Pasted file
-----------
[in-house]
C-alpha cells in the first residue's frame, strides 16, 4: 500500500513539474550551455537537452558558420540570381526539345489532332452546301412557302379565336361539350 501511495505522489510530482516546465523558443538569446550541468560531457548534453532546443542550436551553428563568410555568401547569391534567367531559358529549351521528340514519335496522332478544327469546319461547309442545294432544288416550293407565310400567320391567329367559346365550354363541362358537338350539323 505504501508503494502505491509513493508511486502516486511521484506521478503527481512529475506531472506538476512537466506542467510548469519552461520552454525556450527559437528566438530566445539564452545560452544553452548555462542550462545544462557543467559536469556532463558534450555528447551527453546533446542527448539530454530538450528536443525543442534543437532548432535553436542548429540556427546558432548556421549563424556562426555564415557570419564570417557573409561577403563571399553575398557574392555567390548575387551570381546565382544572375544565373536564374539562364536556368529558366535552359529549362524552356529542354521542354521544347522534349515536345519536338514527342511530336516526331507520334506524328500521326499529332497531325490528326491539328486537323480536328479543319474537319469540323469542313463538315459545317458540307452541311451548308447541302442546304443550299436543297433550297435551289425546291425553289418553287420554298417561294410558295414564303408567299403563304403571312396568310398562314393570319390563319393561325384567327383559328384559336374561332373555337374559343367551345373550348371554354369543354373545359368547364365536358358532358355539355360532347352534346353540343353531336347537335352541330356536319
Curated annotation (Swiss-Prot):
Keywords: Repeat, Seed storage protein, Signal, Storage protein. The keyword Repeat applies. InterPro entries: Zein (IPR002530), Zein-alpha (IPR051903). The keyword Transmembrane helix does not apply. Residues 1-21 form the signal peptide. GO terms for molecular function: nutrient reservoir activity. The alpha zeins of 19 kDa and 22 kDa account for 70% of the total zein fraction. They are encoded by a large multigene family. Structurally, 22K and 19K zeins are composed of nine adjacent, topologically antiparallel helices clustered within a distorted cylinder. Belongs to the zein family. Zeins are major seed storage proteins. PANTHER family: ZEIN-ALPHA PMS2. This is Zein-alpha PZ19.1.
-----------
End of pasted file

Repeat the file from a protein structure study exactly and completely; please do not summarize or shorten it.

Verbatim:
[in-house]
C-alpha cells in the first residue's frame, strides 16, 4: 500500500513539474550551455537537452558558420540570381526539345489532332452546301412557302379565336361539350 501511495505522489510530482516546465523558443538569446550541468560531457548534453532546443542550436551553428563568410555568401547569391534567367531559358529549351521528340514519335496522332478544327469546319461547309442545294432544288416550293407565310400567320391567329367559346365550354363541362358537338350539323 505504501508503494502505491509513493508511486502516486511521484506521478503527481512529475506531472506538476512537466506542467510548469519552461520552454525556450527559437528566438530566445539564452545560452544553452548555462542550462545544462557543467559536469556532463558534450555528447551527453546533446542527448539530454530538450528536443525543442534543437532548432535553436542548429540556427546558432548556421549563424556562426555564415557570419564570417557573409561577403563571399553575398557574392555567390548575387551570381546565382544572375544565373536564374539562364536556368529558366535552359529549362524552356529542354521542354521544347522534349515536345519536338514527342511530336516526331507520334506524328500521326499529332497531325490528326491539328486537323480536328479543319474537319469540323469542313463538315459545317458540307452541311451548308447541302442546304443550299436543297433550297435551289425546291425553289418553287420554298417561294410558295414564303408567299403563304403571312396568310398562314393570319390563319393561325384567327383559328384559336374561332373555337374559343367551345373550348371554354369543354373545359368547364365536358358532358355539355360532347352534346353540343353531336347537335352541330356536319
Curated annotation (Swiss-Prot):
Keywords: Repeat, Seed storage protein, Signal, Storage protein. The keyword Repeat applies. InterPro entries: Zein (IPR002530), Zein-alpha (IPR051903). The keyword Transmembrane helix does not apply. Residues 1-21 form the signal peptide. GO terms for molecular function: nutrient reservoir activity. The alpha zeins of 19 kDa and 22 kDa account for 70% of the total zein fraction. They are encoded by a large multigene family. Structurally, 22K and 19K zeins are composed of nine adjacent, topologically antiparallel helices clustered within a distorted cylinder. Belongs to the zein family. Zeins are major seed storage proteins. PANTHER family: ZEIN-ALPHA PMS2. This is Zein-alpha PZ19.1.